Have you ever met anyone who exemplifies the terms philanthropy and altruism? Well, meet Greg Mortenson, a mountaineer turned humanitarian, whose book, written with David Oliver Relin, THREE CUPS OF TEA: One Man's Mission to Fight Terrorism and Build Nations ... One School at a Time, illustrates how he built 55 schools in Pakistan and Afghanistan. Greg Mortenson is one of the rare individuals whose humanitarian feats supersede his personal boundaries of language, culture, race and religion.
His incredible voyage of triumph, as illustrated in the book, began in failure. In 1993, after a failed attempt at climbing K2 in Pakistan, he walked for five days and stumbled into a village, Korphe, injured and emaciated. There, the villagers nurtured him for several days. While recovering, he saw their "school" and the scene of 84 children sitting on a frosty ledge, with no roof over their heads, writing on the ground with sticks. This vision promulgated his life's vocation. Because they couldn't afford to pay their own teacher $1 a day, they shared a teacher with a neighboring village. Appalled, he rashly promised the villagers he would build them a school.
In America, raising $12,000 was no easy task for a climber who lived out of his car. Frustrated at the lack of response from famous people, he wrote 580 letters of appeal, and he even sold his car. It was not until his niece's school raised $623, that fundraising success ensued. Then, fortunately, Jean Hoerni, a physicist and a one-time trekker to the Karakorum Mountains, gave him $12,000.
Back at the village, he realized they would first have to build a bridge to carry the school construction supplies. Undaunted, he built one with the villagers, and then they built the school. Now, after 31 trips over 14 years, Mortenson's non-profit organization, Central Asia Institute, has built 52 schools in Pakistan, six in Afghanistan, and 30 tent schools after the earthquake of 2005. These are helping to educate 24,000 children, some of whom walk up to three hours a day to attend classes.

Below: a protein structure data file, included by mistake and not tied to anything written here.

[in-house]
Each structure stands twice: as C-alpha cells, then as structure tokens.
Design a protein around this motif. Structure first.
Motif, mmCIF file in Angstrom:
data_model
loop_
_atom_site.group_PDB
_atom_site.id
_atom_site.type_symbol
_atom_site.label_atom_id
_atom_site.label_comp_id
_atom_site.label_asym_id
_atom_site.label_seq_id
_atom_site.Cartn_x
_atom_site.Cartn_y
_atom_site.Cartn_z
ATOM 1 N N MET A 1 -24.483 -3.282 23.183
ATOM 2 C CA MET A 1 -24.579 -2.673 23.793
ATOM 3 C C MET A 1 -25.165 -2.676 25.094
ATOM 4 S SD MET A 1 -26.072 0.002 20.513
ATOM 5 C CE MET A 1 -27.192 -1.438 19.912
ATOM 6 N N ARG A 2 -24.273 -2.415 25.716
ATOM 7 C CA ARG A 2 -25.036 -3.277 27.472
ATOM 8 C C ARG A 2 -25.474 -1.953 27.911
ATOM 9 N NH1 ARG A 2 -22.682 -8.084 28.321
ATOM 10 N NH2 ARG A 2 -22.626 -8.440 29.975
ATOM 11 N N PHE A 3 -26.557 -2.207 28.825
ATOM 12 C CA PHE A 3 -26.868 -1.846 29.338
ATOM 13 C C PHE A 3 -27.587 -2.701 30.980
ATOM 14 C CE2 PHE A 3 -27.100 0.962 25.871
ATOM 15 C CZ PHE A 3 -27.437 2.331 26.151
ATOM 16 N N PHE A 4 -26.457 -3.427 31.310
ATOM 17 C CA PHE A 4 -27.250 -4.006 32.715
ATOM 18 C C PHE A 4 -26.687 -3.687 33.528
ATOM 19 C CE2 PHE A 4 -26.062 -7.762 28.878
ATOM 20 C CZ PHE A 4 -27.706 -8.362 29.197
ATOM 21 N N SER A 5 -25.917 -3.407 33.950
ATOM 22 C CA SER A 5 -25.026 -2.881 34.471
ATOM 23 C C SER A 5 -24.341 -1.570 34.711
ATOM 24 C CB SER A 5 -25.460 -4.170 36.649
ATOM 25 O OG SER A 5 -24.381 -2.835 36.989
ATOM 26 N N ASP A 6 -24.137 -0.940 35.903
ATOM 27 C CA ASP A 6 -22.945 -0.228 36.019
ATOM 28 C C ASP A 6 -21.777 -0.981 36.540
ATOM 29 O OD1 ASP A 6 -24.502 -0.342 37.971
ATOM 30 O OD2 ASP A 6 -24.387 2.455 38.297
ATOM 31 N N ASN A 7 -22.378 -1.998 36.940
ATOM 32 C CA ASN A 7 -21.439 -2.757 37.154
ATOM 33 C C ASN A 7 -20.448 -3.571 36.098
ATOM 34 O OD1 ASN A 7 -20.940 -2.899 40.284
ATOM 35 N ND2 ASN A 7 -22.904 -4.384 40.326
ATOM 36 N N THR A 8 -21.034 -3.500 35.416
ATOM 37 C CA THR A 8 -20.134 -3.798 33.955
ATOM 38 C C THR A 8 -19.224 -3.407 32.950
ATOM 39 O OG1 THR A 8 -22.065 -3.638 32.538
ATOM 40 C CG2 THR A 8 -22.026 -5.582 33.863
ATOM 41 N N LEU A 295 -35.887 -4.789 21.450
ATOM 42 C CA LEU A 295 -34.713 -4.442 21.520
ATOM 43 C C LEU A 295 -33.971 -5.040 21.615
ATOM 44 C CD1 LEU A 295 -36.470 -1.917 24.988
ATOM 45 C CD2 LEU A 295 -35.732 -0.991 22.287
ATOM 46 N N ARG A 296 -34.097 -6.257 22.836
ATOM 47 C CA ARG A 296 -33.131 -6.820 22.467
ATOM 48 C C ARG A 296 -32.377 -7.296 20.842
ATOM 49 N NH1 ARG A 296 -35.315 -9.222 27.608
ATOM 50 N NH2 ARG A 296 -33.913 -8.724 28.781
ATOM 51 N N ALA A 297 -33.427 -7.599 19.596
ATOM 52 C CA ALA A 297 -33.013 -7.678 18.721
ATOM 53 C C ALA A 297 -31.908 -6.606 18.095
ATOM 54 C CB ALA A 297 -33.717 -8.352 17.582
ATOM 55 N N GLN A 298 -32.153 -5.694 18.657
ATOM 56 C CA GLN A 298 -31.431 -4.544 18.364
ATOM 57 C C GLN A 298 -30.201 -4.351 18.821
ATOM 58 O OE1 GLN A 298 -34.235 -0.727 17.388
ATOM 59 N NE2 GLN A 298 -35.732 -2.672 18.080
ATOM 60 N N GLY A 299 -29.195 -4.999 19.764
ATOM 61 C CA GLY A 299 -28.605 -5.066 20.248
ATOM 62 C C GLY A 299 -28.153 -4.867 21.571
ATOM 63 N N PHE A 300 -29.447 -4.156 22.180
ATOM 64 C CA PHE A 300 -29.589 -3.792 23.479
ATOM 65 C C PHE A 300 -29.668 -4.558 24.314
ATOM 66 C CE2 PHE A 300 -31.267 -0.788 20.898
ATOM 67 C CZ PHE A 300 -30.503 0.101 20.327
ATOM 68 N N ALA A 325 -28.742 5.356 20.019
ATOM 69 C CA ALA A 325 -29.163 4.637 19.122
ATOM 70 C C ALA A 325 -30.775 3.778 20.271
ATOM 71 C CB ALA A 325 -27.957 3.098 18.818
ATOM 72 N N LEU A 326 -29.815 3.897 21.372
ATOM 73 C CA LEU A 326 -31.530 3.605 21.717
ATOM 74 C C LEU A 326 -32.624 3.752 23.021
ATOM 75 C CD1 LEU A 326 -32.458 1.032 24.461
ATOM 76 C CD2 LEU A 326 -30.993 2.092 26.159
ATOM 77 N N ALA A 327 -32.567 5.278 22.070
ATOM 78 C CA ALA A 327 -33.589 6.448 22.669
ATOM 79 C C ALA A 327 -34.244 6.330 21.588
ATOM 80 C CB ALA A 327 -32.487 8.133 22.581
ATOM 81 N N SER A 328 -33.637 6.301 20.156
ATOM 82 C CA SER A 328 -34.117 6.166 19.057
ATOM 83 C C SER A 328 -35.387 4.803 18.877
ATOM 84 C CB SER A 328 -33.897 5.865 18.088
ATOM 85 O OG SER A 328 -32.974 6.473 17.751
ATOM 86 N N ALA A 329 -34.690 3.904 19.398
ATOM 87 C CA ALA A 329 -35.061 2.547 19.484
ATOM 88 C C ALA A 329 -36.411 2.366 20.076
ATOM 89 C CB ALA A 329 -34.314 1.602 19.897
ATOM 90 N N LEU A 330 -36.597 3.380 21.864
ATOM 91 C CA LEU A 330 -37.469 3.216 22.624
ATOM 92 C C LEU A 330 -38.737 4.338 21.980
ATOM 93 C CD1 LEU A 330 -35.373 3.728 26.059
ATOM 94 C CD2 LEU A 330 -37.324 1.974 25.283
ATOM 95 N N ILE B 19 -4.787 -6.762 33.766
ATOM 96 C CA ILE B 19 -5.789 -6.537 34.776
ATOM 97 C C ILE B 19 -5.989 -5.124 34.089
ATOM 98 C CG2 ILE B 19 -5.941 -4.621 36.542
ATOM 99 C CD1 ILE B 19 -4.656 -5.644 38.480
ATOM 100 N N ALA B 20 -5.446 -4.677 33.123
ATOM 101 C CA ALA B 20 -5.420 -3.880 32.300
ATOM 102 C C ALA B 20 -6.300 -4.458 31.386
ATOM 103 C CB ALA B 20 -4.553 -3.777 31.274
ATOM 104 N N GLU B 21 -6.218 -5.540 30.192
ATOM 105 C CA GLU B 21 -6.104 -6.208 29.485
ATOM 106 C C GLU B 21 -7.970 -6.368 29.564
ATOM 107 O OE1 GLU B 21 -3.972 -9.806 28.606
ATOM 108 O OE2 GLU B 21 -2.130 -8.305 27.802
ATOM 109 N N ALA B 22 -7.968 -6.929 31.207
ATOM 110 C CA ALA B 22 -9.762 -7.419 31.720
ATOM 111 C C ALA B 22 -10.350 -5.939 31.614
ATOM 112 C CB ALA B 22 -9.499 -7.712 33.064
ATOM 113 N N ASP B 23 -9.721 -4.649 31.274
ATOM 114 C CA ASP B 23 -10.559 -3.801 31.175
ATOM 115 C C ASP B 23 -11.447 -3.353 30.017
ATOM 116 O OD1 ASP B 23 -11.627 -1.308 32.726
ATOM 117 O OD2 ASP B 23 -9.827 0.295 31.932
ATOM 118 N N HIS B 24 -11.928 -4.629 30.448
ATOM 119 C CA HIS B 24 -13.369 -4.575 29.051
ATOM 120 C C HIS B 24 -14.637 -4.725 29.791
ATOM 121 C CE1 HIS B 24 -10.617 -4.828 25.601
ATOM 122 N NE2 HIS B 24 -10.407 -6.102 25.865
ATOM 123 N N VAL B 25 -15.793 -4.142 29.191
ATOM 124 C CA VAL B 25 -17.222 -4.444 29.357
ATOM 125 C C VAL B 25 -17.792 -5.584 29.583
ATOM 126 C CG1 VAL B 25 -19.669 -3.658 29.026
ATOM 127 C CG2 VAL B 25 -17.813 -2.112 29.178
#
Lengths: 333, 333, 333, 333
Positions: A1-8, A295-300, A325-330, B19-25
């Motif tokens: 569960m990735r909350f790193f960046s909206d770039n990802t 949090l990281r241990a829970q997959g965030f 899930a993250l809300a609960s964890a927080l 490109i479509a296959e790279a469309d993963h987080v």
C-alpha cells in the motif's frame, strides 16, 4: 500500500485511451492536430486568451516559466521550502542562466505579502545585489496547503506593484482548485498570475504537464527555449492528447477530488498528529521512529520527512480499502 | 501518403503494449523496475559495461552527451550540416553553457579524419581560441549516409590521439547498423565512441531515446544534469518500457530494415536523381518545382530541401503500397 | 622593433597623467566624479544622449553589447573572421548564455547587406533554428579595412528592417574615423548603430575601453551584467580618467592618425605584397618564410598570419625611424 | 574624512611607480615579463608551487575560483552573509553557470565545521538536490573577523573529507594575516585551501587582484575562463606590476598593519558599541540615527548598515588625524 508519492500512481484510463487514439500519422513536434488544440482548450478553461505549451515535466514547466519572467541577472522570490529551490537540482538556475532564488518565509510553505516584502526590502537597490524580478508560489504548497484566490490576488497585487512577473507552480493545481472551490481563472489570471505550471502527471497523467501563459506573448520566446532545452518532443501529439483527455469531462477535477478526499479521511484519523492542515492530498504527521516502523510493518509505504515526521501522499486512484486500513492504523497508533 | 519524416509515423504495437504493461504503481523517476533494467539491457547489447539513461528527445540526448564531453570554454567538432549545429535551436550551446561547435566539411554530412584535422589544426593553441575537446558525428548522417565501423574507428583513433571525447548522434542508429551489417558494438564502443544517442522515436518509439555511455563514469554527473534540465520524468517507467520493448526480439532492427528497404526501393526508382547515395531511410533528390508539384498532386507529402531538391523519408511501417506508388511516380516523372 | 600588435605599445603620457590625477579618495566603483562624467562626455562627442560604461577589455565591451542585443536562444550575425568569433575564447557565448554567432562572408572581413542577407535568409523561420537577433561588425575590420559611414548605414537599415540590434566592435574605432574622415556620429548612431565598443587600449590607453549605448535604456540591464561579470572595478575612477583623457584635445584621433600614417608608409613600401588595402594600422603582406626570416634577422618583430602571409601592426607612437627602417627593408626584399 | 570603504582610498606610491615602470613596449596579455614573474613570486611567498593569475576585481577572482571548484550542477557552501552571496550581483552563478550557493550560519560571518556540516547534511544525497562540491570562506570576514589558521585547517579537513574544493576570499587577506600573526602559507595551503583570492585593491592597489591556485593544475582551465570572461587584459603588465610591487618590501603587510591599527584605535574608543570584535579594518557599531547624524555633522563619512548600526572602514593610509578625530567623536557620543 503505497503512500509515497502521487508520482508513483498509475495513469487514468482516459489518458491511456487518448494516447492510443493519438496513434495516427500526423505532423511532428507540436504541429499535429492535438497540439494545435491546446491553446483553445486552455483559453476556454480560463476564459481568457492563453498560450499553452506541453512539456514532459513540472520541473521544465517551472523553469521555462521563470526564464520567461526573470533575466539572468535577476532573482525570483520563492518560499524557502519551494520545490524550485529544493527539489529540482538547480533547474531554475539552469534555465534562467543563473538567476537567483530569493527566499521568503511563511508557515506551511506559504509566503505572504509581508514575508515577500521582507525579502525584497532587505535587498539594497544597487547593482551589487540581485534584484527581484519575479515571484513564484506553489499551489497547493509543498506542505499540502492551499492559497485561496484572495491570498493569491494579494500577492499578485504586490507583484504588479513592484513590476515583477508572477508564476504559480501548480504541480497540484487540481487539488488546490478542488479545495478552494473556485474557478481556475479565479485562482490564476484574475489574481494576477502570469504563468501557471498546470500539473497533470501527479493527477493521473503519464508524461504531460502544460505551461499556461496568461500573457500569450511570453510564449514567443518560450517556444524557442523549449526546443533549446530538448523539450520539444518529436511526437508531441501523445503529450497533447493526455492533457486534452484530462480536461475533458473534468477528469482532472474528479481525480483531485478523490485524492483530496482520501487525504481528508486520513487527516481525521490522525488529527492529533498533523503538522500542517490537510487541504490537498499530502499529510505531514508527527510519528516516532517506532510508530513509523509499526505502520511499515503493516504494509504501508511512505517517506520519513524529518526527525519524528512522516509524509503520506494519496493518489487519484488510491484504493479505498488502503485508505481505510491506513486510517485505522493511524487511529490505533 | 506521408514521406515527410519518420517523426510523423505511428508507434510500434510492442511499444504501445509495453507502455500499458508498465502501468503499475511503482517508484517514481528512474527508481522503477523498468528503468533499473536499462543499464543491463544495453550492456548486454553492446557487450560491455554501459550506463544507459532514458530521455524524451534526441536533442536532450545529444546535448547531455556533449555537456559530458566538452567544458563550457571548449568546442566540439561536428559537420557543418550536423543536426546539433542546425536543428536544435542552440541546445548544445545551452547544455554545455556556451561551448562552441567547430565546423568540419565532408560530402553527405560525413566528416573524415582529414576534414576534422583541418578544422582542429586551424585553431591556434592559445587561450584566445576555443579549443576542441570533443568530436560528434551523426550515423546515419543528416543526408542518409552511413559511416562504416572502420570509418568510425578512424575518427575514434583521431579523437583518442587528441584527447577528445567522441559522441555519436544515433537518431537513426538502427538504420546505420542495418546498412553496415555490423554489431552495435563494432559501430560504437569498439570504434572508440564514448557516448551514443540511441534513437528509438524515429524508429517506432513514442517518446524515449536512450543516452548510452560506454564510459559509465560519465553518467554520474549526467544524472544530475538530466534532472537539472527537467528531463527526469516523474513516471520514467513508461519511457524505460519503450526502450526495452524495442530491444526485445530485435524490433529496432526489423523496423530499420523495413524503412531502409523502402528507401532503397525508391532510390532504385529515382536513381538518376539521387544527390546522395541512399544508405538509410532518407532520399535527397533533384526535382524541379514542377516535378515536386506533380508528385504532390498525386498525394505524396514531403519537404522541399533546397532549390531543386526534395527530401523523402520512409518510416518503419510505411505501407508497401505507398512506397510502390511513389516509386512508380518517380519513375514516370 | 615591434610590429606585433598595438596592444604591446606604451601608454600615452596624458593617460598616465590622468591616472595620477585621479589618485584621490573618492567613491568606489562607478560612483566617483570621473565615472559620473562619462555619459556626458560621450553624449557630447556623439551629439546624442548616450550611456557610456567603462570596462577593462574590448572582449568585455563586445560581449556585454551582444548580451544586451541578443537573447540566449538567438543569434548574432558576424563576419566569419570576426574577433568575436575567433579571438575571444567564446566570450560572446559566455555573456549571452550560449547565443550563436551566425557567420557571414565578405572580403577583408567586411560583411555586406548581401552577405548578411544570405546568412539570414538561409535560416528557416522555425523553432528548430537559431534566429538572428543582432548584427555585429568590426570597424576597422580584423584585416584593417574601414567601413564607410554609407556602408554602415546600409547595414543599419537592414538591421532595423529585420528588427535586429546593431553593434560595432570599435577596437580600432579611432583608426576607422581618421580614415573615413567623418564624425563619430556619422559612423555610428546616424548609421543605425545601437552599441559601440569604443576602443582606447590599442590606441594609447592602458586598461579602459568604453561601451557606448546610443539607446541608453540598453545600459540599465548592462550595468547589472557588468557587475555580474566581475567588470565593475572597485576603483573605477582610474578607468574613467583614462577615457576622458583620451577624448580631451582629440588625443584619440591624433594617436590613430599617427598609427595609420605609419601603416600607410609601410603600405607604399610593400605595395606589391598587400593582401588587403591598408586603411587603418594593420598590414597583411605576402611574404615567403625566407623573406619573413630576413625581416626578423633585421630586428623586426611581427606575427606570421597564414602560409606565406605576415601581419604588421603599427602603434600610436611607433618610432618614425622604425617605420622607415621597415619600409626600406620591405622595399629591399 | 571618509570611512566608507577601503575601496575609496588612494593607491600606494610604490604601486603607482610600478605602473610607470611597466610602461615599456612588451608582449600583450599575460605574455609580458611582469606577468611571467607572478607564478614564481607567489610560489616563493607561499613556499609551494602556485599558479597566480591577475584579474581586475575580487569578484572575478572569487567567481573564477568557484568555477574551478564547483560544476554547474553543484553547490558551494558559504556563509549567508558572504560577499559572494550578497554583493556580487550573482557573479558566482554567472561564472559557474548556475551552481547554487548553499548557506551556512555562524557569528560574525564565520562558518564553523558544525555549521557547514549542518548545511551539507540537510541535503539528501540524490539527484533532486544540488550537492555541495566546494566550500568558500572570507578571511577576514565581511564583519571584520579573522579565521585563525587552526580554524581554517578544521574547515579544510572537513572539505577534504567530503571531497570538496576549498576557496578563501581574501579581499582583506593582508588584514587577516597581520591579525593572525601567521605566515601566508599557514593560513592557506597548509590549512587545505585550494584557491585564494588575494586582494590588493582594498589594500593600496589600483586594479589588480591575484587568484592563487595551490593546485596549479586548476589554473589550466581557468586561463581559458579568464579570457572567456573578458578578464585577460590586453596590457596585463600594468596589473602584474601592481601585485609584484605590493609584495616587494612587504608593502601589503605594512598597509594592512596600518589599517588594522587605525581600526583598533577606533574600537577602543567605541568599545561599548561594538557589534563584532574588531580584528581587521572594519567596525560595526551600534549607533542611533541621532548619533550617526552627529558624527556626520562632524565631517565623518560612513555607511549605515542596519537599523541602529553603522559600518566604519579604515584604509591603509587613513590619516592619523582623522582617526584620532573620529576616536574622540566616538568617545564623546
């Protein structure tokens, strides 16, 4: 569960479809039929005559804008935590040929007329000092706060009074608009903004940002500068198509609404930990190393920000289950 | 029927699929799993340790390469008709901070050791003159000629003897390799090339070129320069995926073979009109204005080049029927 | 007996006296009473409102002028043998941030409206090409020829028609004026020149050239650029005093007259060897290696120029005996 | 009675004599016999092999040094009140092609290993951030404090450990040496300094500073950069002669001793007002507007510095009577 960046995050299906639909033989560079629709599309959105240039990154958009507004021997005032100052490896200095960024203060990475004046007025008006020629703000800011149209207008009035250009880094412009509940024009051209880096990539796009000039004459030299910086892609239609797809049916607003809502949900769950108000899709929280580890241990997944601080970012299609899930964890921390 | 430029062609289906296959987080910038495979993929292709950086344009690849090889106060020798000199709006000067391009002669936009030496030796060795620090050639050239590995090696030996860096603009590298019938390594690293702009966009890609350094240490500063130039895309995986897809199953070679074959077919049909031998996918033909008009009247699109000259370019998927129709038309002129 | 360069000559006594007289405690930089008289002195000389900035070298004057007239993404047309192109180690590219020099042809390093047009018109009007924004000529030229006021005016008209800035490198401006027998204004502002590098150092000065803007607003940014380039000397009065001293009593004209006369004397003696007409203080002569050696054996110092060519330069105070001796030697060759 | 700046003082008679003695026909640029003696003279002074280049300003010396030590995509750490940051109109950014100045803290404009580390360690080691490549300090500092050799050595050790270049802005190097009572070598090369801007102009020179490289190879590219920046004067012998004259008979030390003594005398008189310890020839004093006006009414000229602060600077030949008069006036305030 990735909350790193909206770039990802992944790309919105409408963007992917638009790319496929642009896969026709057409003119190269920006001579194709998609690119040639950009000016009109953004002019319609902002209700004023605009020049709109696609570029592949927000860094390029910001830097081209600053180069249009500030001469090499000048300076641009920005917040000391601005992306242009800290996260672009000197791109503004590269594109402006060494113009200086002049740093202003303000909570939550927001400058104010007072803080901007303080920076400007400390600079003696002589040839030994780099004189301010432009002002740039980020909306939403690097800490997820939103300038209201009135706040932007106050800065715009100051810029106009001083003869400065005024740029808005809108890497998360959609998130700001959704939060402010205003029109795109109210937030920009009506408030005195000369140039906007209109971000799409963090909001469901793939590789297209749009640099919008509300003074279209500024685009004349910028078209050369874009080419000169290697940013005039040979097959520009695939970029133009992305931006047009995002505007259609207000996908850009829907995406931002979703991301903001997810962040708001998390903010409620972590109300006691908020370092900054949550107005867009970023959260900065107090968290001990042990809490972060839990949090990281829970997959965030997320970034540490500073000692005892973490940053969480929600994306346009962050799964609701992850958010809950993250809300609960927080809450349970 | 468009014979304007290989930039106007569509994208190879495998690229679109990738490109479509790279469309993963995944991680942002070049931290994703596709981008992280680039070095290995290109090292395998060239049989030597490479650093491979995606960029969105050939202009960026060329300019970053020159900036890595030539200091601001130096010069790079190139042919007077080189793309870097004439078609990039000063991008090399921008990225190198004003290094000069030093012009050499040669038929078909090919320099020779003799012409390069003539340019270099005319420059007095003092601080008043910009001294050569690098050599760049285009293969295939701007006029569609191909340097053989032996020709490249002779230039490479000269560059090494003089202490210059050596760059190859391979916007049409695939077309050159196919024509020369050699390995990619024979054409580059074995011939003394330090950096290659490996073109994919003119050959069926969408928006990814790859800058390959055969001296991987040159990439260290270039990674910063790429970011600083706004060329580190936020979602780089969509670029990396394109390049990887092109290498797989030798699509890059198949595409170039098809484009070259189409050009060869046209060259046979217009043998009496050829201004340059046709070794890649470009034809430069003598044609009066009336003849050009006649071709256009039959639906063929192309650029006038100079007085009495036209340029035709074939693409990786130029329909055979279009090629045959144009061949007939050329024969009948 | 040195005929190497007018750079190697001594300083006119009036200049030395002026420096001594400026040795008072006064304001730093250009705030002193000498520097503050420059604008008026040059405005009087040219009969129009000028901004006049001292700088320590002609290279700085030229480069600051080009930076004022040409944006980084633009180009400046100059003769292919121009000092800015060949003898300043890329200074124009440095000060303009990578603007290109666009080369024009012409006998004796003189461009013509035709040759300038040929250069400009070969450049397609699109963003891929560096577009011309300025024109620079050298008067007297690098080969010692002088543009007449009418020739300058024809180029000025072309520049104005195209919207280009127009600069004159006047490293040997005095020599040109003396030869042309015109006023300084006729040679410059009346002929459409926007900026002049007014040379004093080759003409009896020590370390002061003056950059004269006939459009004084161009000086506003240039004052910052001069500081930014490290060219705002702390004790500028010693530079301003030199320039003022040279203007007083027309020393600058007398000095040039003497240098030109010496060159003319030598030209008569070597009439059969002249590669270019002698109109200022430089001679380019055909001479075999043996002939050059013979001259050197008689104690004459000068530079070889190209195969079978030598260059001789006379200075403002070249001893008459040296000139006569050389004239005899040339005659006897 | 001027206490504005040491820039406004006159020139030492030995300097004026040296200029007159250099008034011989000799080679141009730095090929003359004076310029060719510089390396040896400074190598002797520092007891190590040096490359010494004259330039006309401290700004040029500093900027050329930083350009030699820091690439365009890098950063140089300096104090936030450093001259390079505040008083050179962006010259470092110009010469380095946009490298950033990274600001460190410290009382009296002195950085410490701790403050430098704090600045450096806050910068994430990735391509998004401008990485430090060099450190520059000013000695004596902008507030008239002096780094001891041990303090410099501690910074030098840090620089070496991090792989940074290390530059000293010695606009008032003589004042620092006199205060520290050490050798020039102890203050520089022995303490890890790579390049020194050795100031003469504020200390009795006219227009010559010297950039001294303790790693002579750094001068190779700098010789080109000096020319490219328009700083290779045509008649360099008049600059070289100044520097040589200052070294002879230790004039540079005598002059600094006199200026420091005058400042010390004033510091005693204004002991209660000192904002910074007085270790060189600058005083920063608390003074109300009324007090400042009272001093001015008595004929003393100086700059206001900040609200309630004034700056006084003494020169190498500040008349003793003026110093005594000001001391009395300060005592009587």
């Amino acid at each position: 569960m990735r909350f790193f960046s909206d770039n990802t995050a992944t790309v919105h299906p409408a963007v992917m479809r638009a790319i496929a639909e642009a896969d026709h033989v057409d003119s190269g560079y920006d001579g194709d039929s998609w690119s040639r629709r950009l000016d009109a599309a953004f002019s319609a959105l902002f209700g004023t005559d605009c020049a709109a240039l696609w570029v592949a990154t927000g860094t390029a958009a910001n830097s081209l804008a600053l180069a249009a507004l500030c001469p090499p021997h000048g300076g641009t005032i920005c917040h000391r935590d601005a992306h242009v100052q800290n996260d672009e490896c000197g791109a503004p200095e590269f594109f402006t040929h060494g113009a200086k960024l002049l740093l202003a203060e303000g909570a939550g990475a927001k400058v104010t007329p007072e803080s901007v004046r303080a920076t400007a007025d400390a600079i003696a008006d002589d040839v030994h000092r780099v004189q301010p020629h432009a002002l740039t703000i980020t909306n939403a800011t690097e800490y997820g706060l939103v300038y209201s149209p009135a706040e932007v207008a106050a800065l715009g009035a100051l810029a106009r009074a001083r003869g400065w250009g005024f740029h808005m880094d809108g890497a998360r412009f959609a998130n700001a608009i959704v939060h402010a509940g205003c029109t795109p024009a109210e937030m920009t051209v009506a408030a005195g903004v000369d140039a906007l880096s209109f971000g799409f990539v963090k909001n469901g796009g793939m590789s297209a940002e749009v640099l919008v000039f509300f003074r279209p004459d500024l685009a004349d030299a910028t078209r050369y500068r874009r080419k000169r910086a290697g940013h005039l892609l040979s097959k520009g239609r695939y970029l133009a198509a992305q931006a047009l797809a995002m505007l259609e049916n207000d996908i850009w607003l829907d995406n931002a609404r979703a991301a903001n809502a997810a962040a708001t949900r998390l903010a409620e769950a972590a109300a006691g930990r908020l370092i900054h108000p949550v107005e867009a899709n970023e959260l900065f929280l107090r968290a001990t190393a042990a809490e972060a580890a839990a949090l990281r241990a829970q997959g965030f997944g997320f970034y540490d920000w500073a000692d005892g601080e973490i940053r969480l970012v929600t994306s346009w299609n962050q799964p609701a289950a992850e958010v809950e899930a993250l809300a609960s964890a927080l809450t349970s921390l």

Mortenson has made tremendous personal endeavors to build cultural bridges with the people of Northern Pakistan. He speaks Balti, Farsi and Urdu. His journey, though, has had some treacherous bends. In Afghanistan, he was kidnapped, and held captive for eight days. After September 11, he received death threats from Americans, and has been "debriefed" by the CIA twice. Two separate fatwas were issued to banish him from Pakistan for educating girls, but these were repealed by enlightened clerics. Mortenson admits that the book's subtitle, "One Man's Mission to Fight Terrorism and Build Nations One School at a Time," was chosen by the publisher, and is a distortion. "I don't really care about fighting terror," Mortenson says. "The biggest issues in the world we need to address today are poverty, illiteracy, and ignorance. Ignorance breeds hatred."
Mortenson"s monumental humanitarian effort, and his ideology of loving every child as much as his own two children, have earned him many humanitarian and peace awards, but none so gratifying as the smile of an impoverished child rewarded by knowledge. "I look into the eyes of my children, and I see the eyes of children in Pakistan and Afghanistan," he says.
Page created on 9/18/2010 12:39:22 PM
Last edited 9/18/2010 12:39:22 PM